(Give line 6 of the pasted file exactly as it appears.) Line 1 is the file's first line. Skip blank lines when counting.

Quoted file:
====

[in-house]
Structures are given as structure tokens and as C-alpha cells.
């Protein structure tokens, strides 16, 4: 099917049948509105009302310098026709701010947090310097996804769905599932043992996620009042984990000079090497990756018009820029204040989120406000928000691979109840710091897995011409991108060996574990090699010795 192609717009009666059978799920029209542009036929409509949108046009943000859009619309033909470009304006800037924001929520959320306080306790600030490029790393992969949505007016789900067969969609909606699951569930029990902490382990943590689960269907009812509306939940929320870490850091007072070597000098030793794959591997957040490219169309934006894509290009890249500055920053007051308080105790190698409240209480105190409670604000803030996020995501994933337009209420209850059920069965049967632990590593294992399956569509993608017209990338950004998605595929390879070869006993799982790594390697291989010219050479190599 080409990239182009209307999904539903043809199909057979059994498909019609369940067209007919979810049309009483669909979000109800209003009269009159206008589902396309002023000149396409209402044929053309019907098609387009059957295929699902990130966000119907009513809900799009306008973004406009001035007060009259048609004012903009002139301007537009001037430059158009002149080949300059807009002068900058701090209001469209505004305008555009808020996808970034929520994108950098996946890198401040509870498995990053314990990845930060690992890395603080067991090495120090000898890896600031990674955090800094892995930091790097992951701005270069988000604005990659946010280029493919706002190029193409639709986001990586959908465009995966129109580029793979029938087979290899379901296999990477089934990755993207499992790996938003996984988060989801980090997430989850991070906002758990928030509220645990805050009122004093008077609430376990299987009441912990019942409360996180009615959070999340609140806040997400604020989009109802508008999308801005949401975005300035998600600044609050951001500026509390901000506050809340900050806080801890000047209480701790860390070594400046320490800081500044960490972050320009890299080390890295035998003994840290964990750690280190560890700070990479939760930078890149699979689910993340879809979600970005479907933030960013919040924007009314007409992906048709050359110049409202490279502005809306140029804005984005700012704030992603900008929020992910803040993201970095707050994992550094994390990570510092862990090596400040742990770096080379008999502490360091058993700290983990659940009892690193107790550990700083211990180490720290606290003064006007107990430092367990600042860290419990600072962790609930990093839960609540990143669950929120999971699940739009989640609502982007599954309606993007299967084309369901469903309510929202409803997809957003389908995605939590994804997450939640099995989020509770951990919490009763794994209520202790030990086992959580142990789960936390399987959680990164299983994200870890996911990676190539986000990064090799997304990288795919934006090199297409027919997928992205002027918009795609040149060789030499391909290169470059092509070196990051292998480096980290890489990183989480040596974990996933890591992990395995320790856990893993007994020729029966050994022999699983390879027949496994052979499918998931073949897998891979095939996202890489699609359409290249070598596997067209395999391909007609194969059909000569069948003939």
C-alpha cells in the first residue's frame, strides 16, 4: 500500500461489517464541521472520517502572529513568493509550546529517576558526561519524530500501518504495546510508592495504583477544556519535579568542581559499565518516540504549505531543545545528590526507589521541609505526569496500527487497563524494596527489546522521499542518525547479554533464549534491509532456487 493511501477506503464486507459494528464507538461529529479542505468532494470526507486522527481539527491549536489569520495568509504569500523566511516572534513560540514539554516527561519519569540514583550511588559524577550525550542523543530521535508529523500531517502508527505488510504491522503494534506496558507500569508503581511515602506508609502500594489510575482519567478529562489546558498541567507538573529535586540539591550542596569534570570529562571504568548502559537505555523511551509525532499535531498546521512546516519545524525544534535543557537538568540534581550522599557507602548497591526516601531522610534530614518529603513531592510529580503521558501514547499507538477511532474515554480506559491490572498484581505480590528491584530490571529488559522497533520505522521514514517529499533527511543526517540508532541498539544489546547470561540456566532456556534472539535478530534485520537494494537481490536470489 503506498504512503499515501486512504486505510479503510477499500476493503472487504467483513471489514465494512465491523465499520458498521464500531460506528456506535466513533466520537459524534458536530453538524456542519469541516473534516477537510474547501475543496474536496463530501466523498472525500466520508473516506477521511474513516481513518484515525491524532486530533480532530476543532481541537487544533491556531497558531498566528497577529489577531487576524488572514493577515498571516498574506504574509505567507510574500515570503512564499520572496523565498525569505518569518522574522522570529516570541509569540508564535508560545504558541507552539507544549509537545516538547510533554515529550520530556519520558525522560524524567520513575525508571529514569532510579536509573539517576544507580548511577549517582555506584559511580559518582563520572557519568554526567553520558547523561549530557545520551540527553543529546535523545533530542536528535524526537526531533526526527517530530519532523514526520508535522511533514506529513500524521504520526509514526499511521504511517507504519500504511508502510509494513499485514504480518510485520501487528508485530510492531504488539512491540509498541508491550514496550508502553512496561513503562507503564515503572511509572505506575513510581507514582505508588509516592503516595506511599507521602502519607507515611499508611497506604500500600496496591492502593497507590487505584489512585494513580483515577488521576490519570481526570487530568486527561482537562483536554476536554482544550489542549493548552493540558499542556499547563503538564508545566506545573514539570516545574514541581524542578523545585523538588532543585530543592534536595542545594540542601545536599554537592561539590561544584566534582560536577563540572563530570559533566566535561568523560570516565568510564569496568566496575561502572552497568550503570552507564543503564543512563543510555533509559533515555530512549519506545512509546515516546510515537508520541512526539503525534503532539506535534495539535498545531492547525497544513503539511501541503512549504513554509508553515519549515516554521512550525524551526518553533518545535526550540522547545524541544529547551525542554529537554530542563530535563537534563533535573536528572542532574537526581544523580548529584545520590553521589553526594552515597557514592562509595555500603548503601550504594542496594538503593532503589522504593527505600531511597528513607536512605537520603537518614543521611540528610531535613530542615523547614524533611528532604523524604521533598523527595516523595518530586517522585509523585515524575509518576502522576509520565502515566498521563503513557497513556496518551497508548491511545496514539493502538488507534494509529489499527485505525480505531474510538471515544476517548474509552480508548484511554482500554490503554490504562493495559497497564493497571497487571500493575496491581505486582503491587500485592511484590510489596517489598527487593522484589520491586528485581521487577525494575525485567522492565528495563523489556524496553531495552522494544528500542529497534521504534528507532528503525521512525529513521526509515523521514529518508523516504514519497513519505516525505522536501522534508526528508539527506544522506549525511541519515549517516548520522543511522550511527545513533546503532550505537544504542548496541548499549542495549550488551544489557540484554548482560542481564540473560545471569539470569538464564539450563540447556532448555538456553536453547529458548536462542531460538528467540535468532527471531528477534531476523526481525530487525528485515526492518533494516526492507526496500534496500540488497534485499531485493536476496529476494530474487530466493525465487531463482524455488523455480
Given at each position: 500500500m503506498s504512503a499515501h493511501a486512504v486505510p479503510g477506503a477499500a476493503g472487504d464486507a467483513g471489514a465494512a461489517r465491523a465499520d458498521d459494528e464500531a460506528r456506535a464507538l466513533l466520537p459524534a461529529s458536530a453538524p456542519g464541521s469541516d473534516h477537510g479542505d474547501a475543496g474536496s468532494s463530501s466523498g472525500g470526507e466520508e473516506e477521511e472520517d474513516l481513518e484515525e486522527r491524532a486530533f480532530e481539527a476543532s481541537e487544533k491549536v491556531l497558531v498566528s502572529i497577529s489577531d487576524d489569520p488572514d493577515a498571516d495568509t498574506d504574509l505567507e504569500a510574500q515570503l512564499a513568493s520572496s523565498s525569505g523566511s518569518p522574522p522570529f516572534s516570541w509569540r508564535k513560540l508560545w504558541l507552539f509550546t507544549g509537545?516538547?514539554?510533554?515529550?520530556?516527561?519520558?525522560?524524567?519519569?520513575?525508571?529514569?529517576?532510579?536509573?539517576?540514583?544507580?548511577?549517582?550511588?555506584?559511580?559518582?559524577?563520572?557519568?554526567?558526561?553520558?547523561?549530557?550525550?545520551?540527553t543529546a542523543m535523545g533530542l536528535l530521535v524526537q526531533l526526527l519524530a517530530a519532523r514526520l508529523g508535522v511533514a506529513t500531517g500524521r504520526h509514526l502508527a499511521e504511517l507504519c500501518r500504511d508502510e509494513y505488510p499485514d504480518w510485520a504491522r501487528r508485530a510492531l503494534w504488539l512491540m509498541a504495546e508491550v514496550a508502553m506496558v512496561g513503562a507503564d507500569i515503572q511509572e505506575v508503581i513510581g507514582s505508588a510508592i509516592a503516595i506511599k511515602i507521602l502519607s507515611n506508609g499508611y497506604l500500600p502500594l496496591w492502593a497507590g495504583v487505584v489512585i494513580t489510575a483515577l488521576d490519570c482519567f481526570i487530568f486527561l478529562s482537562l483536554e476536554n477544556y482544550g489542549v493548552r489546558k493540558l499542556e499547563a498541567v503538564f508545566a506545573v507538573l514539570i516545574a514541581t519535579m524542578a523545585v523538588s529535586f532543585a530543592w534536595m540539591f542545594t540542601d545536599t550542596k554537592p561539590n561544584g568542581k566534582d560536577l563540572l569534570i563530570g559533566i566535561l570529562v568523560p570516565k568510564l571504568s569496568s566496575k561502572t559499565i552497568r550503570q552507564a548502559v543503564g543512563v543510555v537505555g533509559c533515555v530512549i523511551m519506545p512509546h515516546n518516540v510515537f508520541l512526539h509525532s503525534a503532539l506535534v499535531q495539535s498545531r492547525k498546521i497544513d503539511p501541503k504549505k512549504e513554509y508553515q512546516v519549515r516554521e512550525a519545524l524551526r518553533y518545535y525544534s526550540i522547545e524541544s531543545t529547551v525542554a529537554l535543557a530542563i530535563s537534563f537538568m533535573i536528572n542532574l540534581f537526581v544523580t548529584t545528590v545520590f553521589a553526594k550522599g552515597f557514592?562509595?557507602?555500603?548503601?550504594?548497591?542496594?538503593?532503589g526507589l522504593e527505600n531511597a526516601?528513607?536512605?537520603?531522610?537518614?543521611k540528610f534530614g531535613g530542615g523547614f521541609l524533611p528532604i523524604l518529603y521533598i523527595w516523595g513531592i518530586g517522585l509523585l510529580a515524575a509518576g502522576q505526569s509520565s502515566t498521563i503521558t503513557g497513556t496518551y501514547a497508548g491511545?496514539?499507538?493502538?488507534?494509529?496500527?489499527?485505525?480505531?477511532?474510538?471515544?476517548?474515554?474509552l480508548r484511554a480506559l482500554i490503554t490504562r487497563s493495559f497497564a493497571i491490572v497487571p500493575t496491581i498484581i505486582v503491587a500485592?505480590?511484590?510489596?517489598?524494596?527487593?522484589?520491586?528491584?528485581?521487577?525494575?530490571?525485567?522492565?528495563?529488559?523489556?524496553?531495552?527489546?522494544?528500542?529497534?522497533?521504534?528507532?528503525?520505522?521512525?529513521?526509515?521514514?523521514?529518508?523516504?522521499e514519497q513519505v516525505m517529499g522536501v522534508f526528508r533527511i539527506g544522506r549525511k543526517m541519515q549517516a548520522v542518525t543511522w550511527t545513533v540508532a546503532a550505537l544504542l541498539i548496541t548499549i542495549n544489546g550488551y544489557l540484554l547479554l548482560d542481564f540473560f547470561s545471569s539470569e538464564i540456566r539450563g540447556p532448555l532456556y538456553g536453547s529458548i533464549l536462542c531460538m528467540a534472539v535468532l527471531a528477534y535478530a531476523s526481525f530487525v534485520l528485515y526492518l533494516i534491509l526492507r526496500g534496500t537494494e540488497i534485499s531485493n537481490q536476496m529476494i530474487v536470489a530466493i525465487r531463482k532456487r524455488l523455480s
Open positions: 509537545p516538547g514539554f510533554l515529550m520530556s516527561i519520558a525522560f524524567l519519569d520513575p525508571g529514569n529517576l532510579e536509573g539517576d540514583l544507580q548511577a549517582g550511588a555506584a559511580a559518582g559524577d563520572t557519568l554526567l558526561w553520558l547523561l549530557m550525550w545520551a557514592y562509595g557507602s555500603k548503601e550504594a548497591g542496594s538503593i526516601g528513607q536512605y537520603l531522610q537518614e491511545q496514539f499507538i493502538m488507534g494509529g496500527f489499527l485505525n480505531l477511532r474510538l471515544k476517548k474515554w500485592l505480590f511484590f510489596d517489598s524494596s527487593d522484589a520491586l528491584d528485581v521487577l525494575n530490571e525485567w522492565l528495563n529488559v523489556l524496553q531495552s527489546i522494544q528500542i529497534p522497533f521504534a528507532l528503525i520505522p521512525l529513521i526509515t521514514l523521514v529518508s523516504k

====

Open positions: 509537545p516538547g514539554f510533554l515529550m520530556s516527561i519520558a525522560f524524567l519519569d520513575p525508571g529514569n529517576l532510579e536509573g539517576d540514583l544507580q548511577a549517582g550511588a555506584a559511580a559518582g559524577d563520572t557519568l554526567l558526561w553520558l547523561l549530557m550525550w545520551a557514592y562509595g557507602s555500603k548503601e550504594a548497591g542496594s538503593i526516601g528513607q536512605y537520603l531522610q537518614e491511545q496514539f499507538i493502538m488507534g494509529g496500527f489499527l485505525n480505531l477511532r474510538l471515544k476517548k474515554w500485592l505480590f511484590f510489596d517489598s524494596s527487593d522484589a520491586l528491584d528485581v521487577l525494575n530490571e525485567w522492565l528495563n529488559v523489556l524496553q531495552s527489546i522494544q528500542i529497534p522497533f521504534a528507532l528503525i520505522p521512525l529513521i526509515t521514514l523521514v529518508s523516504k